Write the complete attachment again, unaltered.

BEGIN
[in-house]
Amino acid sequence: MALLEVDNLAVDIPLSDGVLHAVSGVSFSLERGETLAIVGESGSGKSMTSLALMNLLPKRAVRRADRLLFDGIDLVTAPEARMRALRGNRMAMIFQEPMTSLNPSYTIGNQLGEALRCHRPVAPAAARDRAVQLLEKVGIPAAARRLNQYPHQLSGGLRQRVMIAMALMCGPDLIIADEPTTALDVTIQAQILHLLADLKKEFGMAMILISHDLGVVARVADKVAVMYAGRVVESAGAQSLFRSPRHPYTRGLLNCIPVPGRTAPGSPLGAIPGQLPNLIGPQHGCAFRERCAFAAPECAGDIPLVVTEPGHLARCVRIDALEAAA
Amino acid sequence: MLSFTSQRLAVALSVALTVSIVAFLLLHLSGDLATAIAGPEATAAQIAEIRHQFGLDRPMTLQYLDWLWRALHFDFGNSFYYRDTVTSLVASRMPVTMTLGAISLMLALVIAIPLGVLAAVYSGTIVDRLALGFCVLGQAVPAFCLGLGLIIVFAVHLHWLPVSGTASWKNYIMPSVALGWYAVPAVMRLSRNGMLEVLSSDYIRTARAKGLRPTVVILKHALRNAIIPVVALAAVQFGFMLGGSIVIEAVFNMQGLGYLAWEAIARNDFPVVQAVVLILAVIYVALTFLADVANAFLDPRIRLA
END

[in-house]
Amino acid sequence: MALLEVDNLAVDIPLSDGVLHAVSGVSFSLERGETLAIVGESGSGKSMTSLALMNLLPKRAVRRADRLLFDGIDLVTAPEARMRALRGNRMAMIFQEPMTSLNPSYTIGNQLGEALRCHRPVAPAAARDRAVQLLEKVGIPAAARRLNQYPHQLSGGLRQRVMIAMALMCGPDLIIADEPTTALDVTIQAQILHLLADLKKEFGMAMILISHDLGVVARVADKVAVMYAGRVVESAGAQSLFRSPRHPYTRGLLNCIPVPGRTAPGSPLGAIPGQLPNLIGPQHGCAFRERCAFAAPECAGDIPLVVTEPGHLARCVRIDALEAAA
Amino acid sequence: MLSFTSQRLAVALSVALTVSIVAFLLLHLSGDLATAIAGPEATAAQIAEIRHQFGLDRPMTLQYLDWLWRALHFDFGNSFYYRDTVTSLVASRMPVTMTLGAISLMLALVIAIPLGVLAAVYSGTIVDRLALGFCVLGQAVPAFCLGLGLIIVFAVHLHWLPVSGTASWKNYIMPSVALGWYAVPAVMRLSRNGMLEVLSSDYIRTARAKGLRPTVVILKHALRNAIIPVVALAAVQFGFMLGGSIVIEAVFNMQGLGYLAWEAIARNDFPVVQAVVLILAVIYVALTFLADVANAFLDPRIRLA